Years before the IDF and at its onset, women took various positions including that of nurses, weapon maintenance and even pigeon handlers for secret communication missions
"The army is the supreme symbol of duty and as long as women are not equal to men in performing this duty, they have not yet obtained true equality. If the daughters of Israel are absent from the army, then the character of the Yishuv will be distorted." David Ben Gurion, first Prime Minister of Israel
The Haganah Organization was the largest and most concentrated military organization for the Yishuv, or the communities of Jewish people living where the State of Israel would be established. The organization's goal was to protect the Jewish people in case of war, also forming the foundation for the Israel Defense Forces.
In its very principles, the Haganah stated that it was open to, "Every Jewish male or female who is prepared and trained to fulfill the obligation of national defense." Most women served as medics, communications specialists and those responsible for weapon maintenance.
In the winter of 1948, during the buildup of activity before the War of Independence, women joined combat soldiers of the Palmach (the elite fighting force of the Haganah), traveling from Tel Aviv to Jerusalem hiding weapons under their clothes. The Palmach (thirty percent of which was women) trained nine female platoon commanders along with other female squad commanders.
Years before joining the IAF's Flight School became a symbol of the struggle for equal rights, in May of 1940, Rachel Markovski received her pilot's license. She was the first female pilot.
The First Days
Less than two weeks after Israel's declaration as an independent state on May 14th, Prime Minister David Ben Gurion officially set up the IDF as the country's defense army. On August 18th, 1948, mandatory conscription for single and married women without children (born between the years 1920-1930) began.
Women served in many positions including nurses, signal operators, drivers, clerks, cooks and more. The Women's Corps, under which all women served, was responsible for taking care of women soldiers' needs and for their training and integration into different IDF units. The Women's Corps also sent young women soldiers to be teachers in developing areas and immigrant neighborhoods of Israel.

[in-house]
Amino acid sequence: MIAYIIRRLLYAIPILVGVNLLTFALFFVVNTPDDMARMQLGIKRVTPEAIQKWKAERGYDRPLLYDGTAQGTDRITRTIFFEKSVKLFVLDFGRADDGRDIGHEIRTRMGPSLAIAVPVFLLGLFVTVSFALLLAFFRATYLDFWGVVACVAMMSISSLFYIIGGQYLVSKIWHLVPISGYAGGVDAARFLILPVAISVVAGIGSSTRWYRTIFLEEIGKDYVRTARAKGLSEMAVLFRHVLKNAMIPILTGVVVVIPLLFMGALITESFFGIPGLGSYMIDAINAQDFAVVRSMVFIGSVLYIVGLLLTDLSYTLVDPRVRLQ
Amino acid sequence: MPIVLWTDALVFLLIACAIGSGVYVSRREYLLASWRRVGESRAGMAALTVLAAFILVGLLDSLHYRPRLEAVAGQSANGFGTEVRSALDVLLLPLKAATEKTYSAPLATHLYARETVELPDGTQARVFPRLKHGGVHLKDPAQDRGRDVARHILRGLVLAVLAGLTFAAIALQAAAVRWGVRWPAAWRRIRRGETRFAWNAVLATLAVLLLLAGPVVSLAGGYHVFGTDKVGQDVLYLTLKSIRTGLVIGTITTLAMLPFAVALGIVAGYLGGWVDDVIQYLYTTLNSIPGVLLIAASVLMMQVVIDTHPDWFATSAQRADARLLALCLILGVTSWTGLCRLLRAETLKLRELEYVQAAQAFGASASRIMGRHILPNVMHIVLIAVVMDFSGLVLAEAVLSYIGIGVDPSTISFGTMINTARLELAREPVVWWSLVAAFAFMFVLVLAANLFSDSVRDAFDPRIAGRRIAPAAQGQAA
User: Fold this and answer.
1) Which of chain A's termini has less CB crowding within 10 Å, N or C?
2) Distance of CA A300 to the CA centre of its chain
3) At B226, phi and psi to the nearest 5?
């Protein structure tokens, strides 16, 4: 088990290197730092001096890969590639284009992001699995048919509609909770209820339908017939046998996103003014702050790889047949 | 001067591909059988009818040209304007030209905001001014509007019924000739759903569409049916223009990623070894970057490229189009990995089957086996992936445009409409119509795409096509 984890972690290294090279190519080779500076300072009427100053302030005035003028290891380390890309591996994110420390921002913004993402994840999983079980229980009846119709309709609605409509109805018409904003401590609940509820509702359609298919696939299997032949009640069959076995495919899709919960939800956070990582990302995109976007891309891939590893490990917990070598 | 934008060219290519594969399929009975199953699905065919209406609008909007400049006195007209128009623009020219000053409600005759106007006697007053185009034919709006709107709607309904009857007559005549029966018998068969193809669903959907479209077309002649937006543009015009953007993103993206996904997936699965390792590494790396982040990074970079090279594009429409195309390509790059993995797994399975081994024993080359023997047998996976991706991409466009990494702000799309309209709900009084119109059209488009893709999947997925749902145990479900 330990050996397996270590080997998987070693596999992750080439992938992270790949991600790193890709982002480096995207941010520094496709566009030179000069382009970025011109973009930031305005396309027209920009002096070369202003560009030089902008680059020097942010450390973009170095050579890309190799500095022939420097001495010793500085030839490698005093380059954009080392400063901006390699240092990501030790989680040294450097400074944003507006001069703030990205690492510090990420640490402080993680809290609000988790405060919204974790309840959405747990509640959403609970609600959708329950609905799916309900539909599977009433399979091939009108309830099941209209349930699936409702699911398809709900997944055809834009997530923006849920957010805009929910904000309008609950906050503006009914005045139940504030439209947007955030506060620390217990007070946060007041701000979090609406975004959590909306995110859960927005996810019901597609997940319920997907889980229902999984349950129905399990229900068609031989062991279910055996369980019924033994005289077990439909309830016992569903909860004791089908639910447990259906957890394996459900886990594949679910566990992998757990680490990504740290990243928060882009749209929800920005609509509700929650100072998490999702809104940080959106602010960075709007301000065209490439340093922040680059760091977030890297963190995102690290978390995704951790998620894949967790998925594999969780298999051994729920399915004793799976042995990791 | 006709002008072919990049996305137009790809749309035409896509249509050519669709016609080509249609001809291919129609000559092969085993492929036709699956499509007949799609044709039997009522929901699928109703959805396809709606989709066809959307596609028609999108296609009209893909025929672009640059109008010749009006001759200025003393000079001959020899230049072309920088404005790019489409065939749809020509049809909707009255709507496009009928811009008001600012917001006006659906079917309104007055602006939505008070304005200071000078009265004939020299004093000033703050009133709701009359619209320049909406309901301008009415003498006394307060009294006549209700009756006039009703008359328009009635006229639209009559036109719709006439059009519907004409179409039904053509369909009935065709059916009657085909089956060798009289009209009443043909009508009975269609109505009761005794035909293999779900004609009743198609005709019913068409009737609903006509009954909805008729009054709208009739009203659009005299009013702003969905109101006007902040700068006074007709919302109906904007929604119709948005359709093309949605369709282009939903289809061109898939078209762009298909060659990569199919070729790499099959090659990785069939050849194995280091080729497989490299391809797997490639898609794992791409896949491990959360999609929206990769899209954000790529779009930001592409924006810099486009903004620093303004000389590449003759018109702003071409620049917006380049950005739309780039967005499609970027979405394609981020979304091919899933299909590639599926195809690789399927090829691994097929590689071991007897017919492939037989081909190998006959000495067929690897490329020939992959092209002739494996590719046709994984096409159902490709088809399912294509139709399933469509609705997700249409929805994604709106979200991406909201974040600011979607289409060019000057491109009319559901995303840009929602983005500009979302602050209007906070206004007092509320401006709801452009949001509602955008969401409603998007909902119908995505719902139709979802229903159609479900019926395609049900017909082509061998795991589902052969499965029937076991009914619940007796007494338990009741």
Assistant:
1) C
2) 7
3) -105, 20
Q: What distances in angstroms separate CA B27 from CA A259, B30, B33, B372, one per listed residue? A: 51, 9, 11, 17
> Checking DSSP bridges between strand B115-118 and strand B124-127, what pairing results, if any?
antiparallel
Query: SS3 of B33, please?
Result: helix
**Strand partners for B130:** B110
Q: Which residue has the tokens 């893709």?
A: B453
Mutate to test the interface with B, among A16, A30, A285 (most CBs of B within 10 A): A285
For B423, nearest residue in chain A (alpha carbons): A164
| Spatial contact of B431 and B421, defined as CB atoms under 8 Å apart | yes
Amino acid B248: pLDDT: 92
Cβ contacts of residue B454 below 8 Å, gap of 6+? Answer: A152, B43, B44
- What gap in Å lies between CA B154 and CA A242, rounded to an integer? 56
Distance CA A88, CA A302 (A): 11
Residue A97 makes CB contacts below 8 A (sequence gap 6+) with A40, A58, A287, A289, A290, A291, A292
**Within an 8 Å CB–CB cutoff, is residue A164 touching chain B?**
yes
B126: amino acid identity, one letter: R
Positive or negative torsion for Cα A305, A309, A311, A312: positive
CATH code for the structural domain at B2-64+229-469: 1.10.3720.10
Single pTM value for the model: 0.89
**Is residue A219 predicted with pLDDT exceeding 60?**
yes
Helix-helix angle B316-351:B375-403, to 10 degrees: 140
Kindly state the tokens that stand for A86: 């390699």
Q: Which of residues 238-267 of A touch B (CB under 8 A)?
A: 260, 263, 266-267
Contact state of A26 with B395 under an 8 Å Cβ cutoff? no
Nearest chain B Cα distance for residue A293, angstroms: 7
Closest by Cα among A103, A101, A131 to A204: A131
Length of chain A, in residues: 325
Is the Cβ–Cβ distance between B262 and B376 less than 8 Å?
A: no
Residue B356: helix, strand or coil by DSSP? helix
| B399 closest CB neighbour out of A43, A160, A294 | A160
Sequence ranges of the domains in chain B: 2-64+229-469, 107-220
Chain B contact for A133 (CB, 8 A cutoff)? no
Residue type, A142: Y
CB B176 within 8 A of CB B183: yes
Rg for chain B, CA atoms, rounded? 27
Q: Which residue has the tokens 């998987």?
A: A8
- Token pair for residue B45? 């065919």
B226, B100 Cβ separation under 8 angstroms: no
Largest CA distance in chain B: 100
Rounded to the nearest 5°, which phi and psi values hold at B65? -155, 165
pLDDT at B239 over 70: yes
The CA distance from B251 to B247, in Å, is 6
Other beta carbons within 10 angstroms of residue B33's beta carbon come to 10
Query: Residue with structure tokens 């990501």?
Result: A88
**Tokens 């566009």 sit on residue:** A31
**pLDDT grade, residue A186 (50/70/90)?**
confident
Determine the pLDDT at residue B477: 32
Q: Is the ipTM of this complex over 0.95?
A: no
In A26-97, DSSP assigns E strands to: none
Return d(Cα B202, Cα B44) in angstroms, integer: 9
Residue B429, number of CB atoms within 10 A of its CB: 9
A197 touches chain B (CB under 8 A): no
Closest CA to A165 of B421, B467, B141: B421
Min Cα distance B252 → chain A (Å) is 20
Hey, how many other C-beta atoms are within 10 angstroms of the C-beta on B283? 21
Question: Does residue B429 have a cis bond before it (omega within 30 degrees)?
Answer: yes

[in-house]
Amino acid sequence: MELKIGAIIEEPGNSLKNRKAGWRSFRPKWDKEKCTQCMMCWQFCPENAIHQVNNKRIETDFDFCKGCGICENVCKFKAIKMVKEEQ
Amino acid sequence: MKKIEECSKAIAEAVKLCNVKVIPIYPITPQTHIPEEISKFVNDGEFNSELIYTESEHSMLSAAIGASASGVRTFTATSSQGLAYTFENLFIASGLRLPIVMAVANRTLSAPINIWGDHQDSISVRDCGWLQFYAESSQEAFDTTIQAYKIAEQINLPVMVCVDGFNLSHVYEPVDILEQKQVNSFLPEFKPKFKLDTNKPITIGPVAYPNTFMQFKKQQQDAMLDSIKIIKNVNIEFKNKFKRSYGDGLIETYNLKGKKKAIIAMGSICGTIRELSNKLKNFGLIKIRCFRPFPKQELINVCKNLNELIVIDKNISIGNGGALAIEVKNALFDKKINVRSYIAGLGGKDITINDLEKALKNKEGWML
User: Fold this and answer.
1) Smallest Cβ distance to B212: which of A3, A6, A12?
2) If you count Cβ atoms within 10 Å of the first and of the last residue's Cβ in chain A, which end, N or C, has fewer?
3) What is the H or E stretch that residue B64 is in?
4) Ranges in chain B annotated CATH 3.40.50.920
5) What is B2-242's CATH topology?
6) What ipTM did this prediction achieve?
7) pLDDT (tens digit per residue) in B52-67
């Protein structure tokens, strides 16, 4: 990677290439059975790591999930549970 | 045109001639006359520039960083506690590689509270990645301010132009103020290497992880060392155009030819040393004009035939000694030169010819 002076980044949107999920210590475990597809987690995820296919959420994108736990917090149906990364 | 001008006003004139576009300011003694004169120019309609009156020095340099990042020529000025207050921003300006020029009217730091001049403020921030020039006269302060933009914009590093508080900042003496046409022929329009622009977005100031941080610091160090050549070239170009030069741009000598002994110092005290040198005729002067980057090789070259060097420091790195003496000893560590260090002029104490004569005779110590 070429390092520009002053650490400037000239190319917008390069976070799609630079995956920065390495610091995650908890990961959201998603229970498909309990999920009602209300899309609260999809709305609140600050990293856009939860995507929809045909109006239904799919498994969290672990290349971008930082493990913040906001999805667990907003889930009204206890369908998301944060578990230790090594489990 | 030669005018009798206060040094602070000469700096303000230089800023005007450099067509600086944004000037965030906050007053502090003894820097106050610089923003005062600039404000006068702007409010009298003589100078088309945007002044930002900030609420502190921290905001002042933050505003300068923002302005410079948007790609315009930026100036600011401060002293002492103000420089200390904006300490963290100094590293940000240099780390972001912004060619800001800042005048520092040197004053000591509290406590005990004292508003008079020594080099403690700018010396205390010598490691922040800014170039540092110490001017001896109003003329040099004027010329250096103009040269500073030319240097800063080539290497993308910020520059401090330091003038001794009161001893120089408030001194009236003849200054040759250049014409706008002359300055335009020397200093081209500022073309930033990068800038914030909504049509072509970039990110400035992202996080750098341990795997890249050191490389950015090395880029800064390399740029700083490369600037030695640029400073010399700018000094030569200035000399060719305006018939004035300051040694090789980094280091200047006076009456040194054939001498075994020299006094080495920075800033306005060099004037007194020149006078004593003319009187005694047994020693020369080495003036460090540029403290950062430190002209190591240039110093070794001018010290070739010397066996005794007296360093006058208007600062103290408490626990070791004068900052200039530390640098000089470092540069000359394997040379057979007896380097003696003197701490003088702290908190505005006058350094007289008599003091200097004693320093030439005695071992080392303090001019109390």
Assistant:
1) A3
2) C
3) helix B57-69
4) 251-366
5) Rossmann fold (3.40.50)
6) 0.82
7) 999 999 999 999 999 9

Special Positions and Pioneers
In the first days of the IDF, ten women were drafted to serve in a unique position (one they had served in for several years before). Communication was a key component of success for the burgeoning Israeli army. These women were to be pigeon handlers in the postal pigeon unit. They would be the authority in anything pertaining to caring for the pigeons, including training and sending them off on their missions to deliver messages.
Just before, in the year 1945, a slightly larger group of women was assembled for this purpose, at the time a highly secretive position. The women would train the pigeons for approximately three months, at the end of which the pigeons would serve as a means of communication with besieged settlements. As the IDF was founded, some of these women were picked to continue serving in this position, continuing ever after their mandatory service was over as reserve soldiers.
Like the first female pilot, another pioneer was Hava Inbar, a lawyer, appointed judge of the military court in Haifa in September of 1969. She was the first female military judge in the world.
"I do not know if I want to be a military judge my whole life," she said in an interview, "but I am glad that I was appointed. It proves that the IDF leaves almost all doors open for its female soldiers."